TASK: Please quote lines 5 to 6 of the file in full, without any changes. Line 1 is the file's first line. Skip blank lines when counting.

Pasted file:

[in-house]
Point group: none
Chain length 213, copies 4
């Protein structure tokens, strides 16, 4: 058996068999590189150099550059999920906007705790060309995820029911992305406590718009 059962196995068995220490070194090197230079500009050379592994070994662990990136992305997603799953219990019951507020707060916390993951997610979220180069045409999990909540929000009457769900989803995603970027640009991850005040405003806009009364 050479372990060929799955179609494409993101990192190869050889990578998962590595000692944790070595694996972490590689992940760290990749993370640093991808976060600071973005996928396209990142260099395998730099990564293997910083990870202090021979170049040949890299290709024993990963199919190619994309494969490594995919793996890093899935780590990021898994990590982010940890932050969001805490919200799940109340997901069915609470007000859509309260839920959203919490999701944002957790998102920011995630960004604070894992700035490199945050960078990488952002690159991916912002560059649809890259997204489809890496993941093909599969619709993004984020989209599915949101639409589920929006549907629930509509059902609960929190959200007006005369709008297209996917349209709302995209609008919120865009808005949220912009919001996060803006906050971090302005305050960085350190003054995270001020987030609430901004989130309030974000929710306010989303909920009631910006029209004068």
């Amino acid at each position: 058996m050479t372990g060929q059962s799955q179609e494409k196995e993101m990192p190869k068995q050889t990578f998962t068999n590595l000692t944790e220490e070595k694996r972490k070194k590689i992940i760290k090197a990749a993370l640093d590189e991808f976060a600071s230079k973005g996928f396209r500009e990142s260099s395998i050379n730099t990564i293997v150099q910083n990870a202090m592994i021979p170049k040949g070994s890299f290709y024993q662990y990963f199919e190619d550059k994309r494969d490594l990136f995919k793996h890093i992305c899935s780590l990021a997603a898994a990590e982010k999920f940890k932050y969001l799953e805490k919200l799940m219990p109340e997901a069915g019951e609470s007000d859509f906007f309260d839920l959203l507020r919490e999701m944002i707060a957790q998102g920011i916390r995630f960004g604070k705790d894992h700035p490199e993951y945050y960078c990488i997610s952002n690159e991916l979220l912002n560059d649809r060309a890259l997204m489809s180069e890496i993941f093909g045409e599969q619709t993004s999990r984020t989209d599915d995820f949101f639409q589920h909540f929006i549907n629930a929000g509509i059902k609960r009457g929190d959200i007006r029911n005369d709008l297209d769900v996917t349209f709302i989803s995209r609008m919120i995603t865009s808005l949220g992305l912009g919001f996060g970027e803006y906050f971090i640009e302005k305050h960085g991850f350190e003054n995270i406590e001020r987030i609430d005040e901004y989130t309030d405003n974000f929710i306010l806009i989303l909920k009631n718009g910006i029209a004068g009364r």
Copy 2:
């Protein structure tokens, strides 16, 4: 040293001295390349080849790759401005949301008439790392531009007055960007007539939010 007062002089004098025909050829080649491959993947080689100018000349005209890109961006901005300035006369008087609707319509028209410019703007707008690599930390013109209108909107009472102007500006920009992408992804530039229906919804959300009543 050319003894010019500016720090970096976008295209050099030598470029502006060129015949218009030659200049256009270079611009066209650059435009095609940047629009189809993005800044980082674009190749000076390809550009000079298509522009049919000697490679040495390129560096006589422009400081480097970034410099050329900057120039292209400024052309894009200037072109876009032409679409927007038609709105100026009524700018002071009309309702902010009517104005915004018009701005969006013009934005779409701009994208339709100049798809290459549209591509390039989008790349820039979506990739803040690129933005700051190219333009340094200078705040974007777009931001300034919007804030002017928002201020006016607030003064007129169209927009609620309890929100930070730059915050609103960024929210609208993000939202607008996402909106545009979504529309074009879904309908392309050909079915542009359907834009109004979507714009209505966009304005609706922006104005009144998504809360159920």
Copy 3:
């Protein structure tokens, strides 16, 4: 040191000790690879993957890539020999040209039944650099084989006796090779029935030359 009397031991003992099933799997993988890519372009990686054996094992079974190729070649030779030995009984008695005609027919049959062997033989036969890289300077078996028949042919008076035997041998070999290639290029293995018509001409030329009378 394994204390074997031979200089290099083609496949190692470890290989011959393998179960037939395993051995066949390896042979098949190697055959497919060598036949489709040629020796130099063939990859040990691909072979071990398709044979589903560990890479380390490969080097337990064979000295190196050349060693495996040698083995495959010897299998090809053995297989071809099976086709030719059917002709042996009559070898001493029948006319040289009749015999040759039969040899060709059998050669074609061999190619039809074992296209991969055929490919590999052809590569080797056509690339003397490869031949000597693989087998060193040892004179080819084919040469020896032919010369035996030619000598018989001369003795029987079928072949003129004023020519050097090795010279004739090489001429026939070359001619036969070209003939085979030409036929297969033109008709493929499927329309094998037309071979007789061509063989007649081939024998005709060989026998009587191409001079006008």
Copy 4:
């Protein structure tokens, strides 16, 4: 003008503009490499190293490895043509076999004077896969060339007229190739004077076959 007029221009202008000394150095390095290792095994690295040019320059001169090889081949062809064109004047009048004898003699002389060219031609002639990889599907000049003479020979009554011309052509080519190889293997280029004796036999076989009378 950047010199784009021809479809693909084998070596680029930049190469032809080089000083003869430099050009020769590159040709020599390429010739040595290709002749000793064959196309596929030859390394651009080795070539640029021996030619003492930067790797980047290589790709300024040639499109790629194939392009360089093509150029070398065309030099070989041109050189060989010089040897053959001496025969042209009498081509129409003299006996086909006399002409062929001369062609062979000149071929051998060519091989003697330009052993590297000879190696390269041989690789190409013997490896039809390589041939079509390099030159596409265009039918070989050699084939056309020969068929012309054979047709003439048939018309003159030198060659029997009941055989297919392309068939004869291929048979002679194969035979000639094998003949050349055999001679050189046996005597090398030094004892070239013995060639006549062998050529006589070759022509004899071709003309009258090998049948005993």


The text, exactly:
């Amino acid at each position: 058996m050479t372990g060929q059962s799955q179609e494409k196995e993101m990192p190869k068995q050889t990578f998962t068999n590595l000692t944790e220490e070595k694996r972490k070194k590689i992940i760290k090197a990749a993370l640093d590189e991808f976060a600071s230079k973005g996928f396209r500009e990142s260099s395998i050379n730099t990564i293997v150099q910083n990870a202090m592994i021979p170049k040949g070994s890299f290709y024993q662990y990963f199919e190619d550059k994309r494969d490594l990136f995919k793996h890093i992305c899935s780590l990021a997603a898994a990590e982010k999920f940890k932050y969001l799953e805490k919200l799940m219990p109340e997901a069915g019951e609470s007000d859509f906007f309260d839920l959203l507020r919490e999701m944002i707060a957790q998102g920011i916390r995630f960004g604070k705790d894992h700035p490199e993951y945050y960078c990488i997610s952002n690159e991916l979220l912002n560059d649809r060309a890259l997204m489809s180069e890496i993941f093909g045409e599969q619709t993004s999990r984020t989209d599915d995820f949101f639409q589920h909540f929006i549907n629930a929000g509509i059902k609960r009457g929190d959200i007006r029911n005369d709008l297209d769900v996917t349209f709302i989803s995209r609008m919120i995603t865009s808005l949220g992305l912009g919001f996060g970027e803006y906050f971090i640009e302005k305050h960085g991850f350190e003054n995270i406590e001020r987030i609430d005040e901004y989130t309030d405003n974000f929710i306010l806009i989303l909920k009631n718009g910006i029209a004068g009364r």
Copy 2: